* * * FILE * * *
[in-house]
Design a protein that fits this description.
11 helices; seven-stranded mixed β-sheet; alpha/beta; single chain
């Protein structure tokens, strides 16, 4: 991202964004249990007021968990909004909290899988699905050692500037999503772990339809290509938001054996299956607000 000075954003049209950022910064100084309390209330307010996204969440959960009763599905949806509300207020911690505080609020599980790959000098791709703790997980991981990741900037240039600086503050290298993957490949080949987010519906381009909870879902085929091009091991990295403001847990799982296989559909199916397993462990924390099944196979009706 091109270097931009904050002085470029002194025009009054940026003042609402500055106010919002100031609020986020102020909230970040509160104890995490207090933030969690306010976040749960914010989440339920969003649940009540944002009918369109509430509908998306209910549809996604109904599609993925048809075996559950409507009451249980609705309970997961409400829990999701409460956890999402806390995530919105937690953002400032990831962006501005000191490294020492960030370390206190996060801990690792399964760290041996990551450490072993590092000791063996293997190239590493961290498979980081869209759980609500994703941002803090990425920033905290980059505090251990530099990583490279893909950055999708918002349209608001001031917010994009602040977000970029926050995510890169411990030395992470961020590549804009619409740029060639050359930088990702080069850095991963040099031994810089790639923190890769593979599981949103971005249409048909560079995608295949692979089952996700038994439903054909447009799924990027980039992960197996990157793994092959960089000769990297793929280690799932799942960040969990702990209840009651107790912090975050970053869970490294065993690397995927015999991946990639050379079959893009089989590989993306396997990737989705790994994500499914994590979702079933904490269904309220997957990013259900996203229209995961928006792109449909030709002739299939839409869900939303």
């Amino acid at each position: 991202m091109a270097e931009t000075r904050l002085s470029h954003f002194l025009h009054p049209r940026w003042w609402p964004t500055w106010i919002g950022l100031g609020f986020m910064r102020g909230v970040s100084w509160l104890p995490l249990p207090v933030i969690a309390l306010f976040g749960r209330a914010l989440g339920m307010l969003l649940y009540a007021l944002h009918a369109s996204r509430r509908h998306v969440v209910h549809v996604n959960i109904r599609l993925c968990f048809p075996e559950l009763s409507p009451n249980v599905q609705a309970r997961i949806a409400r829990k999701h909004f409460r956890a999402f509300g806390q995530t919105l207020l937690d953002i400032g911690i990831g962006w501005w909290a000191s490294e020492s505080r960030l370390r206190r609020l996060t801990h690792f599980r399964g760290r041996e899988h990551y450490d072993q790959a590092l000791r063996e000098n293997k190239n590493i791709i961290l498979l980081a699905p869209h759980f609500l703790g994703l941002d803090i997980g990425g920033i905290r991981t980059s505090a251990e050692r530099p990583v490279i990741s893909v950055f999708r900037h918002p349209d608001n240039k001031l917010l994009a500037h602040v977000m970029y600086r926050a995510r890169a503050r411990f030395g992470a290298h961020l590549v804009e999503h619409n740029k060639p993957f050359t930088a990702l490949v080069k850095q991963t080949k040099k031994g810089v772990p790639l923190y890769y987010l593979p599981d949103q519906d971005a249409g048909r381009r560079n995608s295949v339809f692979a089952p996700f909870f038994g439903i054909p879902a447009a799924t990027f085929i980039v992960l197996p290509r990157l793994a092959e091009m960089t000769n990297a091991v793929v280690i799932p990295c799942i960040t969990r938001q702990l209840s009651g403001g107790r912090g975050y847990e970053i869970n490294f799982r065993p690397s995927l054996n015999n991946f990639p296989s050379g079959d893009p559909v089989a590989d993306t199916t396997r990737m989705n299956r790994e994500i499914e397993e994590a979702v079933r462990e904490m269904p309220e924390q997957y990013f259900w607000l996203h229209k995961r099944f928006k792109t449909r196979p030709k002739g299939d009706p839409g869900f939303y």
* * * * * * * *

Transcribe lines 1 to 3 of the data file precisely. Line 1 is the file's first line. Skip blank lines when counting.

[in-house]
Design a protein that fits this description.
11 helices; seven-stranded mixed β-sheet; alpha/beta; single chain